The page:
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Press Release

Navy Ship named for Marine Corps hero

MSC PAO 00-06
June 2, 2000
For more information, contact:
Marge Holtz or Cristina McGlew
(202) 685-5055

As a crowd of more than 400 gazed upon a freshly painted ship, a small form appeared. Barely visible above the ship's railing, amidst balloons and bunting, Eleanor Martin Abbott lifted a bottle of champagne and sent it crashing against a rail spewing foam and bubbles everywhere. This act officially named the Military Sealift Command ship USNS 1st Lt. Harry L. Martin in honor of her brother, a World War II Medal of Honor recipient.

He was my best friend, my big brother," said Mrs. Abbott to the guests who attended the ceremony. "And I want to meet all the men out there that knew him. I want to meet you all before we leave."

MSC honored Marine Corps 1st Lt. Harry L. Martin by naming a ship for him during a ceremony held on Blount Island Command, Jacksonville, Fla., June 1. Eleanor Martin Abbott, the ship's sponsor, was joined by a second sponsor, Marjorie S. Abbot, wife of Adm. Charles S. Abbot, USN, Deputy Commander in Chief, U.S. European Command, in officially naming the ship.

"I am honored, indeed, to be here this morning as we officially name this great ship after a true American hero," said Retired Navy Adm. Stan Arthur, former Vice Chief of Naval Operations. "Most people think about heroes as larger-than-life figures. But, mostly, heroes are quiet, normal people, just doing their jobs, completing their missions and being themselves… Mostly heroes are quiet normal people, people like Harry Martin."

Secretary of the Navy James Forrestal presented the Medal of Honor to the parents of this Bucyrus, Ohio native, May 6, 1946, for gallantly giving his life in the service of his country March 26, 1945, the last day of the official Iwo Jima campaign on the Volcano Islands.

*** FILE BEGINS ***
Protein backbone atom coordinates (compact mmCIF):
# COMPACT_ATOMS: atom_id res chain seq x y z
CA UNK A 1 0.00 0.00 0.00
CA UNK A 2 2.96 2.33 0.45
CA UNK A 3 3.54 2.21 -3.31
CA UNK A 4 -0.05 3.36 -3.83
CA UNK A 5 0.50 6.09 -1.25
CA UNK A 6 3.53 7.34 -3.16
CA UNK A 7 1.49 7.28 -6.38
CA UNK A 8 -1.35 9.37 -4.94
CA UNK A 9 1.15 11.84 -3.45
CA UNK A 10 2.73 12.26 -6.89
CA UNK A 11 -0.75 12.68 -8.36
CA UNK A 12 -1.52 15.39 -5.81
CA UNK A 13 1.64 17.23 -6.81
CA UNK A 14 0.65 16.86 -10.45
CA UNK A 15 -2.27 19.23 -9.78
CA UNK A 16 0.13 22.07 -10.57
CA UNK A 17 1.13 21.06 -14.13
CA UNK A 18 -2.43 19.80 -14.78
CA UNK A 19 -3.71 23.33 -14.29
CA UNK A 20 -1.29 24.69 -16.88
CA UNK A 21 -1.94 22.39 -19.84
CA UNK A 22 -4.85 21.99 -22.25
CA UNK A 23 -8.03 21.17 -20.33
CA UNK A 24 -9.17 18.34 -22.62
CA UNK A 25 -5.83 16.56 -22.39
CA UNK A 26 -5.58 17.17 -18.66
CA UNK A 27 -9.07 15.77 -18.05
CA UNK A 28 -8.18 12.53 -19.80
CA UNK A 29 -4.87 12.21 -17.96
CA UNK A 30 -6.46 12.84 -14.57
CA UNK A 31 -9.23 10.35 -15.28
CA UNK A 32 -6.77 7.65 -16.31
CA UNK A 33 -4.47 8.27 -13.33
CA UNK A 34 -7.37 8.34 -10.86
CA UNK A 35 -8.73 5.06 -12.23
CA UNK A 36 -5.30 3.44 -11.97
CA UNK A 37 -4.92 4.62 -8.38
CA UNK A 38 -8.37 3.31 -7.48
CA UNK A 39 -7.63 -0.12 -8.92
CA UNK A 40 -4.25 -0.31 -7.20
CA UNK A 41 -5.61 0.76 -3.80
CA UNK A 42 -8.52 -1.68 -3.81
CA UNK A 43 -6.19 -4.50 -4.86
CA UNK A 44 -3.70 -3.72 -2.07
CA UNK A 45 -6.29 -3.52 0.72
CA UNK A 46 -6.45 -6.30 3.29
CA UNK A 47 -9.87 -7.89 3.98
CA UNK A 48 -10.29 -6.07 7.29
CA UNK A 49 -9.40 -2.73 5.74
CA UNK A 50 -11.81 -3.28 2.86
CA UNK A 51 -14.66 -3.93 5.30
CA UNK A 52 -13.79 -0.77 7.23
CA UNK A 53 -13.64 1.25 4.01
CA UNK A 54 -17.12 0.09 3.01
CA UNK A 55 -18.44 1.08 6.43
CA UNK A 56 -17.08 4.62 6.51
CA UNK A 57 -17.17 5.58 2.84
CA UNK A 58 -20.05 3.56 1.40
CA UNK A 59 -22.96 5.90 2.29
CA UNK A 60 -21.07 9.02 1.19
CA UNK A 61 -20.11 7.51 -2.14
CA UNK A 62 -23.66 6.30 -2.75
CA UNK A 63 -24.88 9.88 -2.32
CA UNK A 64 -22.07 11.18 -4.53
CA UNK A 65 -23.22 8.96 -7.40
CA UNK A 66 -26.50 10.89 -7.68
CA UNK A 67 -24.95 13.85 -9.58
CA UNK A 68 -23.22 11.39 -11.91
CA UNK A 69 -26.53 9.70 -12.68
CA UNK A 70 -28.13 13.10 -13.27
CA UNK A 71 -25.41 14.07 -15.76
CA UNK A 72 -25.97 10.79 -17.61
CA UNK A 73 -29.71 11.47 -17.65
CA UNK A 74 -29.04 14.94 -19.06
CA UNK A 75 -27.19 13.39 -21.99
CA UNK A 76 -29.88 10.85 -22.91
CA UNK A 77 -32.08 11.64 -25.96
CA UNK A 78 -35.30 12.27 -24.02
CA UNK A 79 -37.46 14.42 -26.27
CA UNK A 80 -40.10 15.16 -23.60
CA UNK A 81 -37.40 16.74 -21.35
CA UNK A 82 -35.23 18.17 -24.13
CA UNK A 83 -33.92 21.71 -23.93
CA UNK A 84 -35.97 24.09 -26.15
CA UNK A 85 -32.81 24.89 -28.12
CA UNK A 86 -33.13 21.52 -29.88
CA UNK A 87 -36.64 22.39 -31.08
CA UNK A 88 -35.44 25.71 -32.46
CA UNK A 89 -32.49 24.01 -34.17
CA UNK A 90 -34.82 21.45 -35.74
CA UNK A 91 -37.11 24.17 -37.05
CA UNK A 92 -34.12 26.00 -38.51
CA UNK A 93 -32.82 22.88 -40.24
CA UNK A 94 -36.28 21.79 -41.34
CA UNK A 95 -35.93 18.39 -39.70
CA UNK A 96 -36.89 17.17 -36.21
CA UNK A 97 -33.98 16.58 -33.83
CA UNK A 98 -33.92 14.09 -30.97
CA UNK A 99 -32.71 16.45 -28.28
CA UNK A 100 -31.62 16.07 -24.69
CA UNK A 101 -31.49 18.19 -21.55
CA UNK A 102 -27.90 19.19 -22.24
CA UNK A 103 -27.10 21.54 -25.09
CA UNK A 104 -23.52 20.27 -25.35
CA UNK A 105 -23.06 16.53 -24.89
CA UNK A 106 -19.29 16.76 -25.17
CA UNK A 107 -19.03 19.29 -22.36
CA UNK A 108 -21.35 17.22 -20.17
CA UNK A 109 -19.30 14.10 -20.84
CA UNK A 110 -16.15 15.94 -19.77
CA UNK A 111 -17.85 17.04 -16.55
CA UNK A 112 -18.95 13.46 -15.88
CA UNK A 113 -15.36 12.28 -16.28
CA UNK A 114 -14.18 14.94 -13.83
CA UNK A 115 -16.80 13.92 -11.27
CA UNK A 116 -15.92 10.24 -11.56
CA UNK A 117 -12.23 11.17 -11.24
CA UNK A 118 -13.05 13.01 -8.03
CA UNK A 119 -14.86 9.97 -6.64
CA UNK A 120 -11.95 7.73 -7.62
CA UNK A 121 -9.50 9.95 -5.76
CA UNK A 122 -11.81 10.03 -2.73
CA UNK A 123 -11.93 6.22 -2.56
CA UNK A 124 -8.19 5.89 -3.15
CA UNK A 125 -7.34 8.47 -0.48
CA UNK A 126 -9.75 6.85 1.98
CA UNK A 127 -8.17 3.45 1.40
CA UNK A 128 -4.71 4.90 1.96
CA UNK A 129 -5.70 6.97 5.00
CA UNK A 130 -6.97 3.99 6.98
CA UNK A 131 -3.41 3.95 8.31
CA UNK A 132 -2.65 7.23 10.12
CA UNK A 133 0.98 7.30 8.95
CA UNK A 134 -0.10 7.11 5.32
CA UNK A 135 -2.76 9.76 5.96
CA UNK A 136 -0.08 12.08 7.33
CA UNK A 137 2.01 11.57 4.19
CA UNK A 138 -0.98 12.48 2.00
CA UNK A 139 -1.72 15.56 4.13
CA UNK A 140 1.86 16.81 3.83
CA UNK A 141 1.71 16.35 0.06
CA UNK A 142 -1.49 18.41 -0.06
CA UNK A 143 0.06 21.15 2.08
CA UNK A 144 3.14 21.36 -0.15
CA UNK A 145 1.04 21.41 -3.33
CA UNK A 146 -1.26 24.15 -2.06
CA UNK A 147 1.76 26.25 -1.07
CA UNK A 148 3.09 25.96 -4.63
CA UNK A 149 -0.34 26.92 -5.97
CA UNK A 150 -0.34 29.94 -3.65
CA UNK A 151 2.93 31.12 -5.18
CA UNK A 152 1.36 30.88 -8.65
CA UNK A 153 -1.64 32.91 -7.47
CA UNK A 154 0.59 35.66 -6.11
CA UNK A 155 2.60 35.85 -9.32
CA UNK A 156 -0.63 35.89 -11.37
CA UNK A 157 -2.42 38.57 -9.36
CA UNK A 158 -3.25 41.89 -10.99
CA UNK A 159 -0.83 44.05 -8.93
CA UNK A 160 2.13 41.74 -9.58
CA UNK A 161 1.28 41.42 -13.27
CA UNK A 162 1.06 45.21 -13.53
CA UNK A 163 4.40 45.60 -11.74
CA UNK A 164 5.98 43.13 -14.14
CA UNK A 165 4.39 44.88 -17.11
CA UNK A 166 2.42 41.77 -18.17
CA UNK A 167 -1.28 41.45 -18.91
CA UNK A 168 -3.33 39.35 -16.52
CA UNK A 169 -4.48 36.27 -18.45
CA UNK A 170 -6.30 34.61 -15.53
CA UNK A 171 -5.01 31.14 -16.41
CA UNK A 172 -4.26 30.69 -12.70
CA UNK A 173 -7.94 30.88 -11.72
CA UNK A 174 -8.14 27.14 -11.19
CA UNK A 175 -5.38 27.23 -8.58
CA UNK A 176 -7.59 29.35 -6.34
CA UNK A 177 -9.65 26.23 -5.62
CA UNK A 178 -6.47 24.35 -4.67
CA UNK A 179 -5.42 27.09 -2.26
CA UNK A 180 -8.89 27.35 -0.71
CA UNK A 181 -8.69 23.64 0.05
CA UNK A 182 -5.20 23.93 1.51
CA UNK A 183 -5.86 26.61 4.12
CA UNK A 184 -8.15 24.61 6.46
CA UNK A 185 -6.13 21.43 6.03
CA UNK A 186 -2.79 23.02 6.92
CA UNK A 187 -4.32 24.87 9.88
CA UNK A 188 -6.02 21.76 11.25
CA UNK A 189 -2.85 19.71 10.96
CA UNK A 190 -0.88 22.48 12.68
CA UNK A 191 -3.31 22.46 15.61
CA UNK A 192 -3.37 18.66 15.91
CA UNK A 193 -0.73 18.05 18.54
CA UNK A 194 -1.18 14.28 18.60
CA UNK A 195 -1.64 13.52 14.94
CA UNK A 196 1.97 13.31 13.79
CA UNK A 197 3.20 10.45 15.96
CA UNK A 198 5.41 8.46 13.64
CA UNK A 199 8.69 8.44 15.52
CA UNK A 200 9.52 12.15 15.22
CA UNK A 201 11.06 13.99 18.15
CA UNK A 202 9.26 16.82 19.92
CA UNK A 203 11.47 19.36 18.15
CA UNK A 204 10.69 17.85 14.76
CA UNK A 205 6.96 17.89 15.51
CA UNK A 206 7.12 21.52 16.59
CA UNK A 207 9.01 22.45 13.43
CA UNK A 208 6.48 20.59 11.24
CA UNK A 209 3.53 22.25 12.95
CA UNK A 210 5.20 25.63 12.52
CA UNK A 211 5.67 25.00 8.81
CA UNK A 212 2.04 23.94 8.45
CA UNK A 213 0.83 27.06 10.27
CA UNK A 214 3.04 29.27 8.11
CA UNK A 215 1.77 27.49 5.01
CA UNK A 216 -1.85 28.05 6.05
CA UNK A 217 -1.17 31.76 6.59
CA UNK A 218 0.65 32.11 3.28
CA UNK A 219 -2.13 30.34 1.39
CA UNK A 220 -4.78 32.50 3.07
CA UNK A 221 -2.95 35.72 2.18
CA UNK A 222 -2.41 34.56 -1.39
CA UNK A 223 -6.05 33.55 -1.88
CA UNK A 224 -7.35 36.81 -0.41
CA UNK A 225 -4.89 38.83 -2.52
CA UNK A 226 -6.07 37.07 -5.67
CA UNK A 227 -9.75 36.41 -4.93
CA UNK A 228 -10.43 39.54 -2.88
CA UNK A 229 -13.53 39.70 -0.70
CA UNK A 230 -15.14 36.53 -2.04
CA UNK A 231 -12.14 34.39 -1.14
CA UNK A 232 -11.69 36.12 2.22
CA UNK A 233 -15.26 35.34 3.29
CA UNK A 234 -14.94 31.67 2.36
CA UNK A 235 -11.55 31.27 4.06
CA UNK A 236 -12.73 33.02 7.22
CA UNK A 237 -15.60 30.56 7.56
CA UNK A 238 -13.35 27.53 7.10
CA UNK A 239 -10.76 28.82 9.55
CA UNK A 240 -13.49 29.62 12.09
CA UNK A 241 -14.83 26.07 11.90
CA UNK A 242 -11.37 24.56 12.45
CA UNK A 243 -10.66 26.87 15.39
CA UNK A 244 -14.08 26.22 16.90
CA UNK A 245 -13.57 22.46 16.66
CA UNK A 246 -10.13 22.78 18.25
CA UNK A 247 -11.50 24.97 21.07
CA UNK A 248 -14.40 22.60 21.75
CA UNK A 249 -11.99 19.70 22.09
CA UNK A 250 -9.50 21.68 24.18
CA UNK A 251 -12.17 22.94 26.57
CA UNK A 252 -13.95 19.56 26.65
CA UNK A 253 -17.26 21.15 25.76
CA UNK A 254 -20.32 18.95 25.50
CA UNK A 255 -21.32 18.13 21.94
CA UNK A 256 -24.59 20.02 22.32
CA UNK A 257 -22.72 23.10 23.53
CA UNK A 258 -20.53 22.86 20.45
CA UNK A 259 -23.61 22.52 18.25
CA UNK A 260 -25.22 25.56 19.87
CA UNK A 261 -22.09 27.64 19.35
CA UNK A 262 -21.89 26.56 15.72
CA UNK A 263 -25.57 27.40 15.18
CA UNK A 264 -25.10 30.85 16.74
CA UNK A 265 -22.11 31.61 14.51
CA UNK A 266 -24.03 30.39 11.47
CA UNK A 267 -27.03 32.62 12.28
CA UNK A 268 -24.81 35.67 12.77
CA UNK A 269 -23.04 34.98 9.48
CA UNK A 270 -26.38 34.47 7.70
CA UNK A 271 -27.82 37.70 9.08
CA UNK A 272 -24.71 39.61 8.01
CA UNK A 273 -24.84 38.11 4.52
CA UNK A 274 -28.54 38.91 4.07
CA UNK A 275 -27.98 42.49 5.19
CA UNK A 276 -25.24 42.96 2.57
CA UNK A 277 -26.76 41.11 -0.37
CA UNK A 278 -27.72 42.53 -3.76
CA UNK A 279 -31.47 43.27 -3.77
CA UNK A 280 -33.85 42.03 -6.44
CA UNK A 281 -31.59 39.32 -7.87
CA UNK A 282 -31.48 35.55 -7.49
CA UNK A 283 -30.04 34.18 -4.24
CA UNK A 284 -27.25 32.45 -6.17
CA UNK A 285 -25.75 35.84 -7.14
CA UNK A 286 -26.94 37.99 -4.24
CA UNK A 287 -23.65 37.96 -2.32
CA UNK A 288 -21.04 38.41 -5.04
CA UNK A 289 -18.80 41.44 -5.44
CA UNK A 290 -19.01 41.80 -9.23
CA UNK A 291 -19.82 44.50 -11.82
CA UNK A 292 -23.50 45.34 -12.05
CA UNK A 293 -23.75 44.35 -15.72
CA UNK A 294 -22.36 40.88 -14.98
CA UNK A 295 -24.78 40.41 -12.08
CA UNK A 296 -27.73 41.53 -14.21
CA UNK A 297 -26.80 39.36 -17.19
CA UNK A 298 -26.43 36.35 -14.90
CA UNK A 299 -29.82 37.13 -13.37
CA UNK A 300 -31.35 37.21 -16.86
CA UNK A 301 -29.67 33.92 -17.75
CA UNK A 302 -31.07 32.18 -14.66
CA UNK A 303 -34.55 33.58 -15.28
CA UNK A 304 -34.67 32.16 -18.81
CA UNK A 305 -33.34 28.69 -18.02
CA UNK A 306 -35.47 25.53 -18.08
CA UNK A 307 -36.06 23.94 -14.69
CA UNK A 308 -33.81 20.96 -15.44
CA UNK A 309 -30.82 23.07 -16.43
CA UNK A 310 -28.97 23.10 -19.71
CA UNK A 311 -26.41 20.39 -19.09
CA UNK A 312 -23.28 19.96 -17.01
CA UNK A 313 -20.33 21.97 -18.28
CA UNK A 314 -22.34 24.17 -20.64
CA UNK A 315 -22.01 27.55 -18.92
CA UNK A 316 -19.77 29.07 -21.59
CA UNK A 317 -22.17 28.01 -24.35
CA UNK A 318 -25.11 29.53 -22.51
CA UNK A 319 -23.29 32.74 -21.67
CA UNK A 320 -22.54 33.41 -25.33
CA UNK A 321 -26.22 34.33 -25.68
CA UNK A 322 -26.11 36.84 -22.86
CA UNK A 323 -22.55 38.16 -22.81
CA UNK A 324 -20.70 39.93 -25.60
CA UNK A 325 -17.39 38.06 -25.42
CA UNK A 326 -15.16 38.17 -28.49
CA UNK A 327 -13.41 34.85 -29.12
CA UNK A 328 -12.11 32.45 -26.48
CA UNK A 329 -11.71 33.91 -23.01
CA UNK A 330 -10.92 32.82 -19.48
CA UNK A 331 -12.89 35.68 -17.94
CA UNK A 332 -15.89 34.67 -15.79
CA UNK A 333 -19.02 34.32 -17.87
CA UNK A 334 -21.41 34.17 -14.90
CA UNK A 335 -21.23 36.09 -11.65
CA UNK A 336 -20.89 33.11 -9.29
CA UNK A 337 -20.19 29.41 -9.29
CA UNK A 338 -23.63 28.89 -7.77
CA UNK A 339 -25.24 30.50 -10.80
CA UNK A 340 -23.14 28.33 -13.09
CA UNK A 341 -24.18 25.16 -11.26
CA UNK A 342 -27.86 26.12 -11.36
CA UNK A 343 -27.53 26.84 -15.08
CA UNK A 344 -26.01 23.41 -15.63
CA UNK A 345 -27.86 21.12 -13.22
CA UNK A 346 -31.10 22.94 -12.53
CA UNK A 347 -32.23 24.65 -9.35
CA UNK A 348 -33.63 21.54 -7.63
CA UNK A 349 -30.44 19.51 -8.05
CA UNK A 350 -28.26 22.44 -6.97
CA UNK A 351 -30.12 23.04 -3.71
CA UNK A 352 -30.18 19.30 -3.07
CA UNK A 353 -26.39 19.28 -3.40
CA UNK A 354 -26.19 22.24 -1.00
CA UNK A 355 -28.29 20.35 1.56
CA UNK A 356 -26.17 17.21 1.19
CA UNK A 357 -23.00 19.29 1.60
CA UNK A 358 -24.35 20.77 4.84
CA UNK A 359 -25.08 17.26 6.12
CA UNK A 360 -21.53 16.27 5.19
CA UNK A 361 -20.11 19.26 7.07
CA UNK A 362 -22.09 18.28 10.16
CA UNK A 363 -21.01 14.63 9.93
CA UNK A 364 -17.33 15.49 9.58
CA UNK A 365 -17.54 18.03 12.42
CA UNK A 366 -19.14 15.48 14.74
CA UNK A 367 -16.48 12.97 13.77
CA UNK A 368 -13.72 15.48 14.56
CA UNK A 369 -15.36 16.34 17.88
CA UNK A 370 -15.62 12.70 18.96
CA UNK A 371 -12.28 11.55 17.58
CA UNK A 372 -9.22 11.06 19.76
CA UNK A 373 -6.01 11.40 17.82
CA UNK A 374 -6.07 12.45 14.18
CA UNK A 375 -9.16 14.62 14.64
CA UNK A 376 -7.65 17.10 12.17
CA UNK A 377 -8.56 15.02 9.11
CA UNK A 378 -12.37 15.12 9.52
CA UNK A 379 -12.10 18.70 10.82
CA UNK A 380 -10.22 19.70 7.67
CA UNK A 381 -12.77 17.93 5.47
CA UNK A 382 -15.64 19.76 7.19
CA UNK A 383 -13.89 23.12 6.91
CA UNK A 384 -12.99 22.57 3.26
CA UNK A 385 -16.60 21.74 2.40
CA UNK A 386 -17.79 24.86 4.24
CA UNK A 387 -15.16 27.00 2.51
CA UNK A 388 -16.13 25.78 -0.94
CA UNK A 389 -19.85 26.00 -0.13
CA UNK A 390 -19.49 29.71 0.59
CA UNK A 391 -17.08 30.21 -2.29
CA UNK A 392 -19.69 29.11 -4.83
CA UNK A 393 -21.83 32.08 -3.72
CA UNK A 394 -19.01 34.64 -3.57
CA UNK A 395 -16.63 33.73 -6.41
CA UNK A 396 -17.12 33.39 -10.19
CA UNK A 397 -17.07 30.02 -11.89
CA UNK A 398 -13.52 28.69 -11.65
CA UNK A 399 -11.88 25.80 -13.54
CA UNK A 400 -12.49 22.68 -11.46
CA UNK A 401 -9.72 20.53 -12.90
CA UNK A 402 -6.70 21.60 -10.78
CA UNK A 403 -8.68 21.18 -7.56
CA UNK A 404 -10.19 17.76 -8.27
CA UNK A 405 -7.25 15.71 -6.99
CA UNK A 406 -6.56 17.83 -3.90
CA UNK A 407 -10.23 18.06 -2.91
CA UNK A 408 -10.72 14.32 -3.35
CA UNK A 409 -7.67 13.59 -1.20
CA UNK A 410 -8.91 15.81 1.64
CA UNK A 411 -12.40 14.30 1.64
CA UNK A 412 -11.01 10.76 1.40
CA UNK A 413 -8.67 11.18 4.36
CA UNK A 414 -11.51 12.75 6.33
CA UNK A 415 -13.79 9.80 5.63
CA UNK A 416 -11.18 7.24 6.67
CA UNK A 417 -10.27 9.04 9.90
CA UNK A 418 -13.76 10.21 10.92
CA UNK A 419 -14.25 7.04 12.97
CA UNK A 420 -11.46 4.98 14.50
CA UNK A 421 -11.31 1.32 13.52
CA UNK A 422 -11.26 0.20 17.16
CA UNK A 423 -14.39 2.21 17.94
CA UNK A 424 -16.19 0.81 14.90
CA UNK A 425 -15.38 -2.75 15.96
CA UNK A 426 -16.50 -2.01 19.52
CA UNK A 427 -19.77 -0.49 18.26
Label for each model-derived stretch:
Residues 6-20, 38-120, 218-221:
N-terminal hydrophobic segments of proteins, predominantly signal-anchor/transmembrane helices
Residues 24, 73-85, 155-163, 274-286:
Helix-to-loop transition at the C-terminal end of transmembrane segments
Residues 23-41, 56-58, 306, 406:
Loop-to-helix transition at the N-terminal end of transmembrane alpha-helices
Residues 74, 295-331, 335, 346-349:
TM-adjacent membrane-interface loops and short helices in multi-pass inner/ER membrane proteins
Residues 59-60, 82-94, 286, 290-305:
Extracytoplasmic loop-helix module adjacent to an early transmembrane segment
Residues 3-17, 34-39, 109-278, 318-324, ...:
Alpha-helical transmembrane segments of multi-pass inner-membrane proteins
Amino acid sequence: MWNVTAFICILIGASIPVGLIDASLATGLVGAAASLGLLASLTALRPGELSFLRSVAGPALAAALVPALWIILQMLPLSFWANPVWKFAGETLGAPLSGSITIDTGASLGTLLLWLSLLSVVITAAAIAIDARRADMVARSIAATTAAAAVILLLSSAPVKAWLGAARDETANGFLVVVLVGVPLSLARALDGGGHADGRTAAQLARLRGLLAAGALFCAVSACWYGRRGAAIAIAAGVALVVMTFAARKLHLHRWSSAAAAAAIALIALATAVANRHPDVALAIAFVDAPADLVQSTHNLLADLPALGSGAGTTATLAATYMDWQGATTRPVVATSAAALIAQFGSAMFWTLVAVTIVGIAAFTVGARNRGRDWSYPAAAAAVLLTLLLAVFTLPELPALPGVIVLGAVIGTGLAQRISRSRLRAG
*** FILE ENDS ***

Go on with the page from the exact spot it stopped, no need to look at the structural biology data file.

Members of the official party - VADM Gordon S. Holder, USN, Commander, Military Sealift Command; matron of honor Hazel Martin; sponsor Eleanor Martin Abbott; sponsor Marjorie Sellars Abbot; matron of honor Barbara Fleming; and principal speaker ADM Stan Arthur, USN (ret.) - enjoy a moment of calm, moments before the bottles broke officially renaming the ship in honor of 1stLt Harry L. Martin, USMCR. Martin was the platoon leader attached to Company C, Fifth Pioneer Battalion, Fifth Marine Division when the enemy penetrated his sector. He instantly organized a firing line with the Marine nearest his foxhole and momentarily checked the headlong rush.

With several of his men trapped behind the enemy's new positions, Martin defied intense hostile fire to work his way to the surrounded Marines and direct them to their own lines. He permanently disrupted a coordinated Japanese attack and prevented a greater loss of life in his own and adjacent platoons by charging into the midst of the strong enemy force, fighting valiantly until he fell, mortally wounded by a grenade.

"This ship will live up to the heroic example set by Lt. Martin, going in harm's way if necessary, to deliver the supplies and equipment needed by the United States Marine Corps to carry out its worldwide mission," said Vice Adm. Gordon S. Holder, USN, Commander, Military Sealift Command.

"Every steel plate in this ship will carry with it the dedication and integrity of the men and women who built her, the mariners who will sail her, and the American hero for whom she is named," said Adm. Arthur.

USNS 1st Lt. Harry L. Martin is 754-feet long, has a beam of 105 feet, displaces about 46,010 tons fully-loaded and can sail at speeds of more than 17 knots. Martin has a civilian crew of 24 and is operated for MSC by Osprey Ship Management, Inc., Bethesda, Md.

Martin is the first of three Maritime Prepositoning Force (Enhanced) ships that will augment the capability of the Maritime Prepositioning Force of 13 ships. MPF was established in the early 1980s to reduce response time for the delivery of urgently needed U.S. military equipment and supplies during a war or contingency.

"Ships like Martin are the nation's guarantee that our forward-deployed forces will have the vital supplies and equipment they need to respond to any mission, anywhere, anytime," said Vice Adm. Holder.

MPF ships are loaded with U.S. Marine Corps and Navy equipment, and operate within a short sailing time of potential contingency sites in three forward deployed Maritime Prepositioning Squadrons. MSC's prepositioning ships are located primarily in the Mediterranean Sea, the Indian Ocean, the Persian Gulf, and Guam/Saipan. One ship will be added to each MPS to carry a Navy fleet hospital, an expeditionary airfield and a naval construction battalion.

The MPF program is part of Military Sealift Command's Afloat Prepositioning Force, which has expanded to more than 36 ships forward deployed worldwide carrying U.S. Marine Corps, Army, Air Force, Navy and Defense Logistics Agency equipment, supplies and fuel.